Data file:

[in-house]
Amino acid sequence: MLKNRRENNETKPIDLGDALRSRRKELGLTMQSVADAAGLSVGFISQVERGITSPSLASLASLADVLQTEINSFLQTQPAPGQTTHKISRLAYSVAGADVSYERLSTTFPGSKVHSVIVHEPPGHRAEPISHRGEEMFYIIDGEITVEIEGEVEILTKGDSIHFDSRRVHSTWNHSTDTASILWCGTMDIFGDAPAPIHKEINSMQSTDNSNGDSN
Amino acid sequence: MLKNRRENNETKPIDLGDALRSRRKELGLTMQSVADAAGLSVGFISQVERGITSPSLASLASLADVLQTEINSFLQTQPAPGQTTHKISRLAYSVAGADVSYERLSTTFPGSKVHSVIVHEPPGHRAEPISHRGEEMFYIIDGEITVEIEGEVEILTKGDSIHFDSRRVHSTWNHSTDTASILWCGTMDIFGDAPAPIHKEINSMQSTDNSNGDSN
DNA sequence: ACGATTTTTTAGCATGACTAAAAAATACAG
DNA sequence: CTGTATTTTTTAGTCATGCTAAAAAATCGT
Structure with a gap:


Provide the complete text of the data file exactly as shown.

[in-house]
Amino acid sequence: MLKNRRENNETKPIDLGDALRSRRKELGLTMQSVADAAGLSVGFISQVERGITSPSLASLASLADVLQTEINSFLQTQPAPGQTTHKISRLAYSVAGADVSYERLSTTFPGSKVHSVIVHEPPGHRAEPISHRGEEMFYIIDGEITVEIEGEVEILTKGDSIHFDSRRVHSTWNHSTDTASILWCGTMDIFGDAPAPIHKEINSMQSTDNSNGDSN
Amino acid sequence: MLKNRRENNETKPIDLGDALRSRRKELGLTMQSVADAAGLSVGFISQVERGITSPSLASLASLADVLQTEINSFLQTQPAPGQTTHKISRLAYSVAGADVSYERLSTTFPGSKVHSVIVHEPPGHRAEPISHRGEEMFYIIDGEITVEIEGEVEILTKGDSIHFDSRRVHSTWNHSTDTASILWCGTMDIFGDAPAPIHKEINSMQSTDNSNGDSN
DNA sequence: ACGATTTTTTAGCATGACTAAAAAATACAG
DNA sequence: CTGTATTTTTTAGTCATGCTAAAAAATCGT
Structure with a gap: